Forbes even wrote an article in 2014 showcasing a short list of employers that fit the bill. “The Top 100 Military Friendly Employers” Not to be outdone, The Business Insider also did a similar piece that same year. To help employers get a handle on what it takes to be on the winning side of veteran employment, Millitary.com wrote a great segment called, “Tips for Becoming a Veteran Friendly Employer.”Now, if you are an employer and you are NOT listed alongside other employers as a veteran-friendly employer you might as well also NOT follow OSHA regulations, or NOT donate to a good cause during Christmas, or NOT hire women. If maintaining your competitive edge, and staying the good graces of the American people isn’t enough motivation to list your company as a veteran-friendly employer, perhaps a tax incentive for hiring veterans will do the trick?According to the U.S Department of Veterans Affairs, employers, who hire and train service-disabled veterans may qualify for incentives and tax credits. Read more on this, and other incentives afforded employers who hire veterans! Check out: Veterans Opportunity to Work
What’s The Problem?
As you can see, there are many reasons to hire veterans, so what's the problem? The issue is that many veterans are looking for a good job where they can utilize their skills, develop as productive employees, and be afforded growth opportunities. In short, veterans want to be just as successful out of uniform as they were when they were in. Many employers, however, are just looking to be added to the list of "Do-Gooders," and bask in all their tax incentives for hiring veterans. Developing and leveraging the unique skill sets of the veteran employees doesn’t rank all that high on their priority list.This leaves many veterans unfulfilled, leaving for other opportunities which add to the negative stereotypes that veterans are job hoppers and uncommitted. It’s increasingly important that veterans find a company that is the right fit for them, and one that shares their values. So how can you do that?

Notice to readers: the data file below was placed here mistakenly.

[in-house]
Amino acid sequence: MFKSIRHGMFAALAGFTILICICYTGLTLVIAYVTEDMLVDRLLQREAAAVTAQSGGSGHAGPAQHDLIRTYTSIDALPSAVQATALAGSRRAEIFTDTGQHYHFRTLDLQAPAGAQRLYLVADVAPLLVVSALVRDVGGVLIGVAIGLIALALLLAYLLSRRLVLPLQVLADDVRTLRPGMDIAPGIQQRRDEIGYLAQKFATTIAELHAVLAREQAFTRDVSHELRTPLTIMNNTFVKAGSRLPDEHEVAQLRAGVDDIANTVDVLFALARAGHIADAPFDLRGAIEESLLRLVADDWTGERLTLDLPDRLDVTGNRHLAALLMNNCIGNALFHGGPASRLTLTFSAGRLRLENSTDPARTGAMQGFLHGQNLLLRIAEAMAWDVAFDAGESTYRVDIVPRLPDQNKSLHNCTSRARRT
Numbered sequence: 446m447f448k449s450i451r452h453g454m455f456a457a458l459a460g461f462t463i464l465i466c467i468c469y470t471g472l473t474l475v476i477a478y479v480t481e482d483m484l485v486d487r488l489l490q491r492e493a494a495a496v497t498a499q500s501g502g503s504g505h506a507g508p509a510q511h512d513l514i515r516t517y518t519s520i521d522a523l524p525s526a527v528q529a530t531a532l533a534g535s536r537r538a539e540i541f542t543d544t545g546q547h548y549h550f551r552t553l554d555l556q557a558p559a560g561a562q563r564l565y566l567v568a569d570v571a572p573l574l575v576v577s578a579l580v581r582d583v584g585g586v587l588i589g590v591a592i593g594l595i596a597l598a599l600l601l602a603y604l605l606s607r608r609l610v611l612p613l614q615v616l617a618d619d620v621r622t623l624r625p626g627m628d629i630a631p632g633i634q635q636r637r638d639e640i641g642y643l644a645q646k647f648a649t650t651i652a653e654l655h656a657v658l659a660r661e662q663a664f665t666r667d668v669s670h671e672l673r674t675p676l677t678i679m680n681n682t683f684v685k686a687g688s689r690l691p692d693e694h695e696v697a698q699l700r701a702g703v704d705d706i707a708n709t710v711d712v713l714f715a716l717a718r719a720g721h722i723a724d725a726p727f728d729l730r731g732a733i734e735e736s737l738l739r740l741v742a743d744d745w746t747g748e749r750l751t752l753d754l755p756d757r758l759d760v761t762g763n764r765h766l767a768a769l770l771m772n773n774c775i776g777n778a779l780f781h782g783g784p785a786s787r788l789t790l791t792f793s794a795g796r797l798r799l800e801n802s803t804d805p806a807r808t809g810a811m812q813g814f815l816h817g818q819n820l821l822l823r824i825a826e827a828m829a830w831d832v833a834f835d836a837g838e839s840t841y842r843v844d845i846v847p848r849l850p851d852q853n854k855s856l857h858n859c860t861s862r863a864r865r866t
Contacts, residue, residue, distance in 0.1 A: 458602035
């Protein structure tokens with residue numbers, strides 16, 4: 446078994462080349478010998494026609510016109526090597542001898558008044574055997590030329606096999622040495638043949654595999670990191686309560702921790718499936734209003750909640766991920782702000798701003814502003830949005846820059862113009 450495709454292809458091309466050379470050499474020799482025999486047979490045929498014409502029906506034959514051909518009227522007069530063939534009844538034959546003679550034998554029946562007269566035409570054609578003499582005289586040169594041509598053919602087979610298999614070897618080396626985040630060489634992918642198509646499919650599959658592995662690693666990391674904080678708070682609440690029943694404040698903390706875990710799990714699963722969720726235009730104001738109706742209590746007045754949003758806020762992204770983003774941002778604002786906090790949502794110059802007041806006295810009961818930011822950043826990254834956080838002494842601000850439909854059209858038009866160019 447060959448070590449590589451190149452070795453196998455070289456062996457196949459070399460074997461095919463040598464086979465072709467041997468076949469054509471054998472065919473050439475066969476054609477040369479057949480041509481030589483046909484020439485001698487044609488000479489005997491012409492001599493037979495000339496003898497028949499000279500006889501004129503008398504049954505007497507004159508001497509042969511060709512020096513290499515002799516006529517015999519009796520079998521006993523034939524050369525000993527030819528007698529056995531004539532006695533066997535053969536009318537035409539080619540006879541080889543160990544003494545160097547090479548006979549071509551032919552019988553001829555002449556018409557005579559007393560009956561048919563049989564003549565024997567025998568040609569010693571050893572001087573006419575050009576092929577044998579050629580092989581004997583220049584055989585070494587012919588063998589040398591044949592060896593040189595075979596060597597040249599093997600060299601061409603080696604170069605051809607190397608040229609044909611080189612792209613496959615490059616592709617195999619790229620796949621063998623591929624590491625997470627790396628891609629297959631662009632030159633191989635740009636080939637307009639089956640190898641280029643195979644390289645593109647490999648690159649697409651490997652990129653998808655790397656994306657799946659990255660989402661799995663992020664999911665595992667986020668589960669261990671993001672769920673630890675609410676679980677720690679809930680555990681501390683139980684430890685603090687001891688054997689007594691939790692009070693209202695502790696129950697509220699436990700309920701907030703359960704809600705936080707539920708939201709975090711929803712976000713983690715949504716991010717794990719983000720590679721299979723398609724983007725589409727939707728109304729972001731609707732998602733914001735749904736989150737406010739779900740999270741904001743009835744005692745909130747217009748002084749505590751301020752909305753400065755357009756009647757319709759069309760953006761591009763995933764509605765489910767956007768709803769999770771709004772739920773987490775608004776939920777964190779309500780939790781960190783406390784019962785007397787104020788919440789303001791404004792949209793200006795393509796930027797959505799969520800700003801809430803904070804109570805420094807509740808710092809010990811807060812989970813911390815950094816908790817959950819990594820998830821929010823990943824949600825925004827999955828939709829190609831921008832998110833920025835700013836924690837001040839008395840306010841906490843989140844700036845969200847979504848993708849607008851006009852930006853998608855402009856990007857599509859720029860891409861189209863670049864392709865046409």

Here are some simple things you can do to ensure you are pursuing a legitimate veteran-friendly employer.
- Read this article and understand that every employer is going to claim that that are veteran-friendly. It is critical to their survival for many reasons. Look past all the glitter and rainbows. Get to what matters!
- Reach out to your network. Talk to some actual veterans that are currently working in the company or veterans that used to work in the company. Ask direct, candid questions of the company and ask for honesty in return.
- Ask these employees, or former employees what education opportunities are available for veterans at the company.
- Ask them what personal/professional development opportunities the company has. If so, which ones did they partake in?
- Does the company have a peer support, or a sponsor program established for veterans?
- Is the company flexible in finding the right fit for the veteran, or offering opportunities in different departments to maximize the veterans strengths?
- Does the employer have additional tuition assistance programs to pay for or supplement the cost of higher education, or certificate programs?
- Is the employer flexible in allowing time to attend VA or other service related appointments?
- What additional programs (if any) does the company offer to veterans?
Finally, and probably the most important:
10. Does the employer have an established veteran mentorship program?
When doing your research of your prospective employer, if you can’t get any positive answers or results back from this list of 10 items above, you should consider the possibility that the company you are looking at is veteran-friendly on paper only. Aside from the fancy list on Forbes, and tax incentives, this company probably has no real interest in you or the fact you are a veteran.